Cunningham under pressure to quit

15 February 1999

Cunningham under pressure to quit

By FWi staff

CABINET enforcer Jack Cunningham is under pressure to quit his post over his handling of the row over genetically modified (GM) crops.

Dr Cunningham, who is also chairman of the Cabinet committee on biotechnology, is accused of undermining consumer confidence in food and the biotech industry.

Shadow trade secretary John Redwood said Dr Cunningham should go after revelations of the Labour Partys close links with the biotech industry.

“We want independent-minded ministers – ministers without connections to the industry who can make proper judgement on our behalf and then debate it openly and honestly”, Mr Redwood told the Today programme on Radio 4 this morning (Monday).

Mr Redwood criticised Dr Cunningham for defending Lord Sainsbury, the junior science minister and former chairman of his family supermarket chain, which is backing GM food products.

Meanwhile, the environmental group GeneWatch has accused Dr Cunningham of deliberately misleading the public over the number of GM products on sale in supermarkets.

Dr Cunningham said during various interviews over the weekend that there are only four GM food products on sale.

Genewatch claims that enzymes from GM micro-organisms could be used in up to 90% of processed foods, including soft drinks, and bread.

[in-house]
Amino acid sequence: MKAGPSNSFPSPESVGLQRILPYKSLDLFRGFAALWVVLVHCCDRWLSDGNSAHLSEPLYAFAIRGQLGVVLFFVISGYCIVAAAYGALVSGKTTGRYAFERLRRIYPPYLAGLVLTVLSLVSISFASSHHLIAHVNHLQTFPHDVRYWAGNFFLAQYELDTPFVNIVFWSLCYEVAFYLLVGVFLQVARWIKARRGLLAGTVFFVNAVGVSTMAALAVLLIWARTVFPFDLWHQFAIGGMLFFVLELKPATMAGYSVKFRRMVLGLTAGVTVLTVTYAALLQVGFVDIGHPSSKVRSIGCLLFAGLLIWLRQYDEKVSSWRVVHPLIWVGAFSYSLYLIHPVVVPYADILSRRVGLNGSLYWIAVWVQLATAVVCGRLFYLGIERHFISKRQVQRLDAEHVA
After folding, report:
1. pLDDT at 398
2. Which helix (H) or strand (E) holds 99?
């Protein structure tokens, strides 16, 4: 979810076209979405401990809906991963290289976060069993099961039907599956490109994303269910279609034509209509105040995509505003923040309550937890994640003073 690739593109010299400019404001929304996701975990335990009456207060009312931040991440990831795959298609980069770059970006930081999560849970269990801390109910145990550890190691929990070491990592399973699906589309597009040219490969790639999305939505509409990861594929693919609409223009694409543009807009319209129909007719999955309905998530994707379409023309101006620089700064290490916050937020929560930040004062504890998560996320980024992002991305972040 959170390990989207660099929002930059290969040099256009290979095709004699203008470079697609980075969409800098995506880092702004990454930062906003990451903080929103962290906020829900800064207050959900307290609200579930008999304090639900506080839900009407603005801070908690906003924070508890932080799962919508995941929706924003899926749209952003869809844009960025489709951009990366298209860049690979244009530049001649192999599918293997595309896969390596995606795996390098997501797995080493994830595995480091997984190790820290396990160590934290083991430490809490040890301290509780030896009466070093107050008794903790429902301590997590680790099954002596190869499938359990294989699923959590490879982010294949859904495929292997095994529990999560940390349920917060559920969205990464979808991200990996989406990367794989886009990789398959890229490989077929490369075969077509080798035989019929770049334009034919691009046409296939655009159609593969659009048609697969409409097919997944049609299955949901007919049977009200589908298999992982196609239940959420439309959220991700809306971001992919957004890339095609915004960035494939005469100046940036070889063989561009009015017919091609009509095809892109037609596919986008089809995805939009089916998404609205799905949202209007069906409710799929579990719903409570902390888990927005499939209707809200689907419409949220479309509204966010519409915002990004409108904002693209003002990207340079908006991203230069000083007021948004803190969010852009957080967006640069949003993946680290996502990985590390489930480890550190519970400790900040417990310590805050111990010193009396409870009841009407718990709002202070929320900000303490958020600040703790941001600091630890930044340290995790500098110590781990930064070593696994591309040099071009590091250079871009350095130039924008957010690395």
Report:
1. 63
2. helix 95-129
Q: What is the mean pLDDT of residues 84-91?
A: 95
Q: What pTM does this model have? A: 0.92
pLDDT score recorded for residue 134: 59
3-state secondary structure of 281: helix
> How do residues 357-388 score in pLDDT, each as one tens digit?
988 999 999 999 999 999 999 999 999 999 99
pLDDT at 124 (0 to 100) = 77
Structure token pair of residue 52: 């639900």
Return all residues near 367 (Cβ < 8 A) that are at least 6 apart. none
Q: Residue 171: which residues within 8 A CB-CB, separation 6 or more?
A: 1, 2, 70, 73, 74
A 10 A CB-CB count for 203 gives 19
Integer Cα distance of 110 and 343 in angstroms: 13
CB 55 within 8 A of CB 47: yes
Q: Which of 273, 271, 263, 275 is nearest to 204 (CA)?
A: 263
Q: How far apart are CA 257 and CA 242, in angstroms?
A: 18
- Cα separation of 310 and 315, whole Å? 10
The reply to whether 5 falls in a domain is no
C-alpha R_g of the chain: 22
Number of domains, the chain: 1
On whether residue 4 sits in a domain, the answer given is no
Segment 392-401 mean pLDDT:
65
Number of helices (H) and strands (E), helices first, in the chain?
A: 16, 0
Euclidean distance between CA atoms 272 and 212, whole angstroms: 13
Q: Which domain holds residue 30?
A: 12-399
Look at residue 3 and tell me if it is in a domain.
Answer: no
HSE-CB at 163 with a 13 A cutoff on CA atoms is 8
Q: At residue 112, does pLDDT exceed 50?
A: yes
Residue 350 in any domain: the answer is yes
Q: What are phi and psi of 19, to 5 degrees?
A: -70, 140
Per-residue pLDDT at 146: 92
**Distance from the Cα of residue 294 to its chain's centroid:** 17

Dr Cunningham has dismissed as “ridiculous” recent reports that there are risks to human health associated with GM food.

All genetically altered products currently on sale are safe, he told the GMTV programme yesterday morning.

The Independent believes that unless Dr Cunningham resigns, he is likely to be replaced as cabinet enforcer by Northern Ireland Secretary Mo Mowlam.

As well as the uproar over GM crops, the paper says Mr Cunningham has been damaged by the “drip-drip” effect of allegations about his taste for the high life.

While Dr Cunningham has been trying to control the actions of other ministers, some outspoken civil servants have leaked details about Concorde trips and spending.

One civil servant who worked with Dr Cunningham was shifted after objecting to an order from Dr Cunningham for six bottles of expensive malt whisky.

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